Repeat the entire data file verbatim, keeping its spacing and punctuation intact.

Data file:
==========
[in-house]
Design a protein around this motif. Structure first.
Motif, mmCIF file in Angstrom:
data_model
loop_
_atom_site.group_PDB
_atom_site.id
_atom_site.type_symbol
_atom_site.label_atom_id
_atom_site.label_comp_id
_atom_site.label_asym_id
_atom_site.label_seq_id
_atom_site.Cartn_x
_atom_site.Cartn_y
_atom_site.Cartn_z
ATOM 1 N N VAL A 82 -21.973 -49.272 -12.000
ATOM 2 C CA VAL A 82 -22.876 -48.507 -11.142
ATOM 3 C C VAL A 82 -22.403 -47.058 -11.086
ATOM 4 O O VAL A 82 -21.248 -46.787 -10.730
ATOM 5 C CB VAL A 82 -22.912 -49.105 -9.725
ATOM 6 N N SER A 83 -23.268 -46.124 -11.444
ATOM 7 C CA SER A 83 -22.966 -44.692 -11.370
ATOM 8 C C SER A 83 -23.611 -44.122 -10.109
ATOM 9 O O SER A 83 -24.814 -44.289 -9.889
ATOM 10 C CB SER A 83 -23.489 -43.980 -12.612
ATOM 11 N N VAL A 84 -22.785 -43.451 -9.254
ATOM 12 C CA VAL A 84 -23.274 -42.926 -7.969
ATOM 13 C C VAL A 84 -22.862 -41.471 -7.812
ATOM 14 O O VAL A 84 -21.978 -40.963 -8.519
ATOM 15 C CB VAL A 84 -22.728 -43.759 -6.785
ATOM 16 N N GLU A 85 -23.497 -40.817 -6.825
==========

[in-house]
Design a protein around this motif. Structure first.
Motif, mmCIF file in Angstrom:
data_model
loop_
_atom_site.group_PDB
_atom_site.id
_atom_site.type_symbol
_atom_site.label_atom_id
_atom_site.label_comp_id
_atom_site.label_asym_id
_atom_site.label_seq_id
_atom_site.Cartn_x
_atom_site.Cartn_y
_atom_site.Cartn_z
ATOM 1 N N VAL A 82 -21.973 -49.272 -12.000
ATOM 2 C CA VAL A 82 -22.876 -48.507 -11.142
ATOM 3 C C VAL A 82 -22.403 -47.058 -11.086
ATOM 4 O O VAL A 82 -21.248 -46.787 -10.730
ATOM 5 C CB VAL A 82 -22.912 -49.105 -9.725
ATOM 6 N N SER A 83 -23.268 -46.124 -11.444
ATOM 7 C CA SER A 83 -22.966 -44.692 -11.370
ATOM 8 C C SER A 83 -23.611 -44.122 -10.109
ATOM 9 O O SER A 83 -24.814 -44.289 -9.889
ATOM 10 C CB SER A 83 -23.489 -43.980 -12.612
ATOM 11 N N VAL A 84 -22.785 -43.451 -9.254
ATOM 12 C CA VAL A 84 -23.274 -42.926 -7.969
ATOM 13 C C VAL A 84 -22.862 -41.471 -7.812
ATOM 14 O O VAL A 84 -21.978 -40.963 -8.519
ATOM 15 C CB VAL A 84 -22.728 -43.759 -6.785
ATOM 16 N N GLU A 85 -23.497 -40.817 -6.825